Sunday, August 24, 2008

What I Drank on my Summer Vacation

Do you realize that in New York City in just over a week from now, about 400,000 kids, literally, are going to write short essays with almost the exact same title as this post? Another summer comes to an end.

I love summer in New York City. Yeah, it's hot and humid and the streets can get a bit smelly, but it's beautiful in the evening, especially from our deck, with the light coming through the leaves. On the weekends it can get eerily quiet though, as people flee for the country. We were lucky enough to get out of town twice in August - a long weekend in Vermont and more recently, a week in San Diego and Portland.

Here are some of the wines we drank in Vermont with my pal Deetrane and his family:

2007 Domaine de 2 Anes Vin de Table Rosé, $14. This is my favorite rosé of the season at the under $15 price point. It's a deliciously fruity wine that retains interest and drinkability because it's also lively with acidity. This is a Grenache blend, a natural wine from the Jenny & François Selections portfolio. 2 Anes (2 Donkeys) is in Corbières in the Languedoc, although for some reason this wine doesn't have AOC status.

2004 Château Pontet-Canet, $41. Decanted for about 90 minutes and served with a beautiful porterhouse steak. People salivate over this stuff in their CellarTracker notes. I just don't get it. It's perfectly pleasant dark, rich and ripe wine, with nothing particularly interesting about it, no distinctive character. You're going to tell me that it needs 20 years in the cellar, that I drank it too young. Maybe it will improve with age, but it wasn't a knot of tannic structure or anything when we drank it. It was open and showing its primary fruit. And that's all there was.

1997 Chapoutier Côte-Rôtie, price unknown. Deetrane says that '97 was an off year in the northern Rhone. I really liked this wine - it was light in color and in texture, a highly perfumed jumble of floral and earth aromas. So much better with the porterhouse than the Pontet-Canet, in my opinion.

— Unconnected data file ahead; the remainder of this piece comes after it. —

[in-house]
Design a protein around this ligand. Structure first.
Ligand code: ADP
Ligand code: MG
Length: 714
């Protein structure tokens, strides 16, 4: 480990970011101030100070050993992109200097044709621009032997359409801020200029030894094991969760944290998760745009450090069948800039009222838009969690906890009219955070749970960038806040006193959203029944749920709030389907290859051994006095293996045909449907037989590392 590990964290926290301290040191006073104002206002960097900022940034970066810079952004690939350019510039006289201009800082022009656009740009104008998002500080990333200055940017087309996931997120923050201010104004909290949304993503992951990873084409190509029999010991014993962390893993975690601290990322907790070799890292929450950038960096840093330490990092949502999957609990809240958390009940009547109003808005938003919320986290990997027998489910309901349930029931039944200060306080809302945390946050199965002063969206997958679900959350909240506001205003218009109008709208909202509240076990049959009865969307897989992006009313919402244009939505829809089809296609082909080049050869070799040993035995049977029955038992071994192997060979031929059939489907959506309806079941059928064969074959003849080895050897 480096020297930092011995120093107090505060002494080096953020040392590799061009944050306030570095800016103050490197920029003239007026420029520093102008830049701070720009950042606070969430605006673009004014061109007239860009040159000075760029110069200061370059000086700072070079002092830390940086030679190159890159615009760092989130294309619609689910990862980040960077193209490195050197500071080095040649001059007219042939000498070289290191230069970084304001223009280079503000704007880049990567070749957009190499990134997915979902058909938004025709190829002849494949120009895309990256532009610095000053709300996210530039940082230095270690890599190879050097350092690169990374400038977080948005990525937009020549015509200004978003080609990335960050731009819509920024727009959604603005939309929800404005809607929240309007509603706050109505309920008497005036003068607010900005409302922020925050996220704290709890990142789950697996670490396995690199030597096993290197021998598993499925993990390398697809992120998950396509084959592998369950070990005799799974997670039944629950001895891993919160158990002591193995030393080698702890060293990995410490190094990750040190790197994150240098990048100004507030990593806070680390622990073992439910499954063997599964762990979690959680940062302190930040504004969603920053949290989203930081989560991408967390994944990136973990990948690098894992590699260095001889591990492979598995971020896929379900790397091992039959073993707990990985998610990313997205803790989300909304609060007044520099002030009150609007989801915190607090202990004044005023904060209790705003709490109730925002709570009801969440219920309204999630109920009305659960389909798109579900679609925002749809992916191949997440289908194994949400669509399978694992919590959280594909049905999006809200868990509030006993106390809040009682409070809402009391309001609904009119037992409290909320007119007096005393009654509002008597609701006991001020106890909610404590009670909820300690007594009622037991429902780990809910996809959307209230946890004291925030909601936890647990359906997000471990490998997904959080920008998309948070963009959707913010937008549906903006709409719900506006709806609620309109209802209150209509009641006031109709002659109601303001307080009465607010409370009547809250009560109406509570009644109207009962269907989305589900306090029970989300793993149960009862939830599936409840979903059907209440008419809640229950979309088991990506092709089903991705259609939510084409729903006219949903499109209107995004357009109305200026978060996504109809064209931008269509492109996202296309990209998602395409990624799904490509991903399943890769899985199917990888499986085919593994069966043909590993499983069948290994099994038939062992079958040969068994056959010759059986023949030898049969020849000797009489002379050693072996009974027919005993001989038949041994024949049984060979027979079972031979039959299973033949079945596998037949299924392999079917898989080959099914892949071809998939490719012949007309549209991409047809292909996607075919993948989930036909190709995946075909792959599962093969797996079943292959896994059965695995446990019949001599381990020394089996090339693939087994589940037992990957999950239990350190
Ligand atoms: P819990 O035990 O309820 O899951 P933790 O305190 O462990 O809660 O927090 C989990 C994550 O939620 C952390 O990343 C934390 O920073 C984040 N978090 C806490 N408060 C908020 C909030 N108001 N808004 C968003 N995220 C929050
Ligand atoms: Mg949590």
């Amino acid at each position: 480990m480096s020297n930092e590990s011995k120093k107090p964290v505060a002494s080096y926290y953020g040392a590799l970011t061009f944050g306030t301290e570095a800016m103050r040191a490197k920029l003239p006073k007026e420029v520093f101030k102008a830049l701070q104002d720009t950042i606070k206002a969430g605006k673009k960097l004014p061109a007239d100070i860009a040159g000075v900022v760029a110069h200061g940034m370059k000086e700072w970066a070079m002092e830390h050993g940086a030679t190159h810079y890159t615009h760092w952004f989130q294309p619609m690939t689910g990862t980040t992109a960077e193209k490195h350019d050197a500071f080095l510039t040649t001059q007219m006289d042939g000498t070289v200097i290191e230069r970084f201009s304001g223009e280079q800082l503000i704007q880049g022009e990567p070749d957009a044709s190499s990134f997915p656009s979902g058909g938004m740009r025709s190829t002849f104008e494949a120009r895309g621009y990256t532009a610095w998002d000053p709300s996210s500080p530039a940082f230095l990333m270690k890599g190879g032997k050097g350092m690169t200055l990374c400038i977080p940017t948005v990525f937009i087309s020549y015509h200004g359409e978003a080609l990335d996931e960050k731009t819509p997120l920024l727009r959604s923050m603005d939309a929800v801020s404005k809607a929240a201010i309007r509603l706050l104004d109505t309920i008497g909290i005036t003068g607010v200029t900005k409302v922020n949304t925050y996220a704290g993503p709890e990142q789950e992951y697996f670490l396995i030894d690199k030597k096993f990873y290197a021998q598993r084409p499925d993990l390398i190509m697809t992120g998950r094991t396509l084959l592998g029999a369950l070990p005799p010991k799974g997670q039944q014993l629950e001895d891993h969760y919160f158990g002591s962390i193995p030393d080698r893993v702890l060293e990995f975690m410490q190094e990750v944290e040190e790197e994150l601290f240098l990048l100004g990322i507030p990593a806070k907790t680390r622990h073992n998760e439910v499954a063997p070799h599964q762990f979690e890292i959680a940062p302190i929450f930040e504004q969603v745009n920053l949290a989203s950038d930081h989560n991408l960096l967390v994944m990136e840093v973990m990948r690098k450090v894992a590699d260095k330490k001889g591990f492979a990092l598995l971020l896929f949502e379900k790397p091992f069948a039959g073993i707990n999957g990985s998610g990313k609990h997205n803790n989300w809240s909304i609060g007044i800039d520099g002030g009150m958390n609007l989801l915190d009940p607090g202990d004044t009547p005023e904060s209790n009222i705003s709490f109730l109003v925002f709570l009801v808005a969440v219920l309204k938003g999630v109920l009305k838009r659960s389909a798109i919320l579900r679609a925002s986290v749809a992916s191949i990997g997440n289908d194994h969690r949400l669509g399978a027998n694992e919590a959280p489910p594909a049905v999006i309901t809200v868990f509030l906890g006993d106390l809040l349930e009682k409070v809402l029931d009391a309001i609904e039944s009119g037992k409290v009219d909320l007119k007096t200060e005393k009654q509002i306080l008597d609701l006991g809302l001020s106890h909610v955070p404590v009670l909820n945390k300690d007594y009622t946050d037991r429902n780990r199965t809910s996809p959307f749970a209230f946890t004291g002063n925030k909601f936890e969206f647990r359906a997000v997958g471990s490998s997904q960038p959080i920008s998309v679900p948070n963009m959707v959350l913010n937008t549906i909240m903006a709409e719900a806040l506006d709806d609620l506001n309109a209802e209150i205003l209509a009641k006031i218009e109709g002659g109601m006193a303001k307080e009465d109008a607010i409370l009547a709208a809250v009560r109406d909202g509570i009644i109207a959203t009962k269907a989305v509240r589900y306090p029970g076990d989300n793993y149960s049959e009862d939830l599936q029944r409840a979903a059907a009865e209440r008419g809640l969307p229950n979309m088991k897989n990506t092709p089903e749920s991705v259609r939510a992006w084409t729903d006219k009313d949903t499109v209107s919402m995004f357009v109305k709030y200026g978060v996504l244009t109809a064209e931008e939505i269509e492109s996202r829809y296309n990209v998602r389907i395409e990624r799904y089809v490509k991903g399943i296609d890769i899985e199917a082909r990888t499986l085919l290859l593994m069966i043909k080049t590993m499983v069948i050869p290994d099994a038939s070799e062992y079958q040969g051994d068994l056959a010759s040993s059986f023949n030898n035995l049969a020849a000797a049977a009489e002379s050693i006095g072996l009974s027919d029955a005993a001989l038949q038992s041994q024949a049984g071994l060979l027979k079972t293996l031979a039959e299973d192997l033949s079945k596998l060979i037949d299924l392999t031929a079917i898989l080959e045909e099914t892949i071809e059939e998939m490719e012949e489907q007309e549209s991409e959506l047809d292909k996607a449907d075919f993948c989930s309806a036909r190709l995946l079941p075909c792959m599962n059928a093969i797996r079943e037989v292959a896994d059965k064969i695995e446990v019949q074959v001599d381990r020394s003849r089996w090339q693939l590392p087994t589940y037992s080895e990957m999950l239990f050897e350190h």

2005 A. et P. de Villaine Bouzeron, price unknown. This was a lovely gift from Joe when he visited a little while ago. I drank the 2006 and wasn't crazy about it, but this was delicious. Incredibly full bodied and loaded with sweet lemon fruit, and cut with good acidity. Very nice indeed, although it bares little resemblance to any Aligoté I've had - this is much fuller in body and in flavor. Yes, this is the DRC wine maker.

2000 Voirin-Jumel Champagne Millésimé, $37. This is a crazy price for this wine, or for any vintage grower Champagne, really. Gotta love Astor Wines. This is a rich Blanc de Blancs with mature notes, but it hasn't lost its youthful fruit yet. With a little bit of airtime there are broad aromas of roast nuts and biscuits and the palate is deeply mineral with good acidity, nicely focused. Astor still has a few bottles too...

On one of our nights in San Diego, BrooklynLady and I drove out to Bird Rock, just south of La Jolla to have dinner with Jeremy Parzen, the professor of Italian wine, and a few of his pals. What a night! I'm telling you, if you have the opportunity to meet up with a fellow blogger, to share a meal and some wine - do it. Some think it odd to meet in person with people you only know from the internet. There are times when it is weird, but this isn't one of them. You already know each other, in a way. And Jeremy and I slipped naturally into conversation as if we'd been hanging out together for years. A gentleman and a scholar, and his friends are nice too. We enjoyed some very tasty seafood at taqueria Bahia Don Bravo, along with a smattering of interesting wines. Here are notes on some of them: